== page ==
STYLE ICONS Vol 3 "Bombshells"
Promiscuous, flirtatious, and openly flaunting her body, she captivated her audiences … this is Mata Hari. She was originally named Margaretha Geertruida “Grietje” Zelle MacLeod. Her life spanned from first being a Dutch exotic dancer, second a courtesan, and finally an accused spy, although possibly innocent, was executed by firing squad in France for espionage for Germany during World War I.
Marta Hari was born in Leeuwarden, Friesland, in the Netherlands, the eldest of four children of Adam Zelle and Antje van der Meulen. She attended only exclusive schools, due to her father’s business success. However, Hari’s father went bankrupt in 1889, the family had come apart; and Mata Hari moved to live with her godfather, Heer Visser, at Sneek.
At eighteen, she answered an advertisement in a Dutch newspaper placed by a man looking for a wife. Marta Hari married Dutch Colonial Army officer Rudolf John MacLeod in Amsterdam on July 11, 1895. They moved to Java in the Dutch East Indies and had two children, Norman-John and Jeanne-Louise.
The marriage was an overall disappointment. MacLeod was a violent alcoholic who would take out his frustrations on his wife. He also openly kept both a native wife and a concubine. The disenchanted Marta Hari abandoned him temporarily, moving in with Van Rheedes, another Dutch officer. For months, she studied the Indonesian traditions intensively, joining a local dance company. After moving back to the Netherlands, the couple separated in 1902.
In 1903, she moved to Paris, where she performed as a circus horse rider, using the name Lady MacLeod. Struggling to earn a living, she also posed as an artist’s model. By 1905, she began to win fame as an exotic dancer. It was then that she adopted the stage name Mata Hari. She was a leader in the early modern dance movement, which around the turn of the twentieth century looked to Asia and Egypt for artistic inspiration. Critics would later write about this and other such movements within the context of orientalism.
She was an overnight success from her debut act at the Musée Guimet on March 13, 1905. She became the longtime mistress of the millionaire Lyon industrialist Emile Etienne Guimet, who had founded the Musée. She posed as a Java princess of priestly Hindu birth, pretending to have been immersed in the art of sacred Indian dance since childhood. She was photographed numerous times during this period, nude or nearly so.
She brought this carefree provocative style to the stage in her act, which garnered wide acclaim. The most celebrated segment of her act was her progressive shedding of clothing until she wore just a jewelled bra and some ornaments upon her arms and head.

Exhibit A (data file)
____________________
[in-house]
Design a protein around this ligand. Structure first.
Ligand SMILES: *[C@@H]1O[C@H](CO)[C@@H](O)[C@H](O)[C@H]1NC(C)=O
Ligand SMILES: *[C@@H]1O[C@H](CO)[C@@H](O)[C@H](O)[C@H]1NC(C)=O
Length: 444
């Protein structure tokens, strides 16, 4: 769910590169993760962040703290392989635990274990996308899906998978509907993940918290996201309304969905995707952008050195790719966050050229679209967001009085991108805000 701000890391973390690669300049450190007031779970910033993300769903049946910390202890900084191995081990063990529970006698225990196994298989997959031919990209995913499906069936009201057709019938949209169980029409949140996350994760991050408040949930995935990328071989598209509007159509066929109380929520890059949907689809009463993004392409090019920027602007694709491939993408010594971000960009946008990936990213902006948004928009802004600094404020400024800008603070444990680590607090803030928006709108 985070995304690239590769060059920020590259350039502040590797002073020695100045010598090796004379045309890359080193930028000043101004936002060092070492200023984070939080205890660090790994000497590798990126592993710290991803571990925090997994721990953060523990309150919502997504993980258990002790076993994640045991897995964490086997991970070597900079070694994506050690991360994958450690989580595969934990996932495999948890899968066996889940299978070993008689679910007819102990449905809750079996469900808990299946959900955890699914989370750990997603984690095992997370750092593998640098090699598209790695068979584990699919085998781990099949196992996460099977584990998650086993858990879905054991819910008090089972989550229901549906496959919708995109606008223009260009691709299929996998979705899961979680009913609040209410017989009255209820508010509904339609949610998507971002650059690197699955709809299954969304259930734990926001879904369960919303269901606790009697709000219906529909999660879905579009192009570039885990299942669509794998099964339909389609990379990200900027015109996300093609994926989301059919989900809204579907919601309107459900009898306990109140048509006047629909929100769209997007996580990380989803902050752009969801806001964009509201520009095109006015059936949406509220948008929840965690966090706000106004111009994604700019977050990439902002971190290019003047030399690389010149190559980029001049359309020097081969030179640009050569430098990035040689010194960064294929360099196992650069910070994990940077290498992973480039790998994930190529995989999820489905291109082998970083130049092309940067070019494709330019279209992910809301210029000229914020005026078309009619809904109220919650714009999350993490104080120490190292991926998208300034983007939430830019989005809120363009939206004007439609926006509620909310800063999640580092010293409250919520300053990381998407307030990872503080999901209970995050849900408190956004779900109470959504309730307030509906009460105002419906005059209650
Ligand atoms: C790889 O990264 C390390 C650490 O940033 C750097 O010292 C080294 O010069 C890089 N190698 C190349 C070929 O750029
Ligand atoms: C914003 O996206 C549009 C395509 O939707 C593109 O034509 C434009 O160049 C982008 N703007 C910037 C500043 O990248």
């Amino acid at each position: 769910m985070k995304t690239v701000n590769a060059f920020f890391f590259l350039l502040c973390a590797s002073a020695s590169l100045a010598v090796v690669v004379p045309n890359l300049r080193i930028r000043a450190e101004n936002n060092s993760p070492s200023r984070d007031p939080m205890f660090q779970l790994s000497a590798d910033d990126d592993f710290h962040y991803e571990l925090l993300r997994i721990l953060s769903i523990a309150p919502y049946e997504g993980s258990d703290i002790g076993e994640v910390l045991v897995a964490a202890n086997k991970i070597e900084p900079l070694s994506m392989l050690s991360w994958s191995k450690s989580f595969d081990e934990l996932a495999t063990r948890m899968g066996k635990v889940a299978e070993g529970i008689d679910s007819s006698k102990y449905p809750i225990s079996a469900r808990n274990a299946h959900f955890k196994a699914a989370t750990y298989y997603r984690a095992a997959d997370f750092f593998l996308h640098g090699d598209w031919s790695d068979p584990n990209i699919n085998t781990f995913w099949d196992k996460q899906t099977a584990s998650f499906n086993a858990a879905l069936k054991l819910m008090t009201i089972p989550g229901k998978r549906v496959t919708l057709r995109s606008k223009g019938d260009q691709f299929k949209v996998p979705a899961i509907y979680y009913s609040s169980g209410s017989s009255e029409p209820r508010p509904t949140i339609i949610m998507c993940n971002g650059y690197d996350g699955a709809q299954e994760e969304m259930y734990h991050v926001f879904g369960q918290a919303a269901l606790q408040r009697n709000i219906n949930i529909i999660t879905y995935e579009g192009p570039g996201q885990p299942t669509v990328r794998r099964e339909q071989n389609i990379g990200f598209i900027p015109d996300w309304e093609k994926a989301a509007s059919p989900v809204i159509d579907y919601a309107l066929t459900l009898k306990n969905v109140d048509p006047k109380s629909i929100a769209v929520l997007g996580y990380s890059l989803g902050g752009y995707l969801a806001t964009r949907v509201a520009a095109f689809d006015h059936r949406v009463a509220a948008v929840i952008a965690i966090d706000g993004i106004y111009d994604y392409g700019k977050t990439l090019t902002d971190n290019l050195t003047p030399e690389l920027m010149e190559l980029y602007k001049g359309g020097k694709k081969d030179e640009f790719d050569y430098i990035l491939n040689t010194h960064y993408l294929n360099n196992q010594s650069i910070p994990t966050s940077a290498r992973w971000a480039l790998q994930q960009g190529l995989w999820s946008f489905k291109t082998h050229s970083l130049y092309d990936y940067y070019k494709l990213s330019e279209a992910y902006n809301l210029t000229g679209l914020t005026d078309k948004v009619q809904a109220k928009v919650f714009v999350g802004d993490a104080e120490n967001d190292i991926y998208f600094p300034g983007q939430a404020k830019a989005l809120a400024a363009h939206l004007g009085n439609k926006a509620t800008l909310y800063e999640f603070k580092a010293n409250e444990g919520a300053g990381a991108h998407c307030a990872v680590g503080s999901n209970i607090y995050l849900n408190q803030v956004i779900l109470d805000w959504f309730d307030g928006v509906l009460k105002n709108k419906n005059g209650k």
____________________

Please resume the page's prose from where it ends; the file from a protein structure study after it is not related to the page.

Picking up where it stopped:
Mata Hari was also a successful courtesan, though she was known more for her sensuality and eroticism rather than for striking classical beauty. She had relationships with high-ranking military officers, politicians, and others in influential positions in many countries. Her relationships and liaisons with powerful men frequently took her across international borders.
Prior to World War I, she was generally viewed as an artist and a free-spirited bohemian; but as war approached, she began to be seen by some as a wanton and promiscuous woman, and perhaps a dangerous seductress.
During World War I, the Netherlands remained neutral. As a Dutch subject, Mata Hari was thus able to cross national borders freely. To avoid the battlefields, she traveled between France and the Netherlands via Spain and Britain, and her movements inevitably attracted attention.
On January 1917, the German military attaché in Madrid transmitted radio messages to Berlin describing the helpful activities of a German spy, code-named H-21. French intelligence agents intercepted the messages and, from the information they contained, identified H-21 as Mata Hari. On February 13, 1917, Mata Hari was arrested in her room at the Hotel Plaza Athénée in Paris. She was put on trial, accused of spying for Germany and consequently causing the deaths of at least fifty thousand soldiers. Although the French and British intelligence suspected her of spying for Germany, neither could produce definite evidence against her. She was found guilty and was executed by firing squad on October 15, 1917, at the age of forty-one.
The idea of an exotic dancer working as a lethal double agent, using her powers of seduction to extract military secrets from her many lovers, set the legend, and made Mata Hari an enduring archetype of the femme fatale.
STORY EDITED BY RYAN COOK
FILM BY KYRIOS HO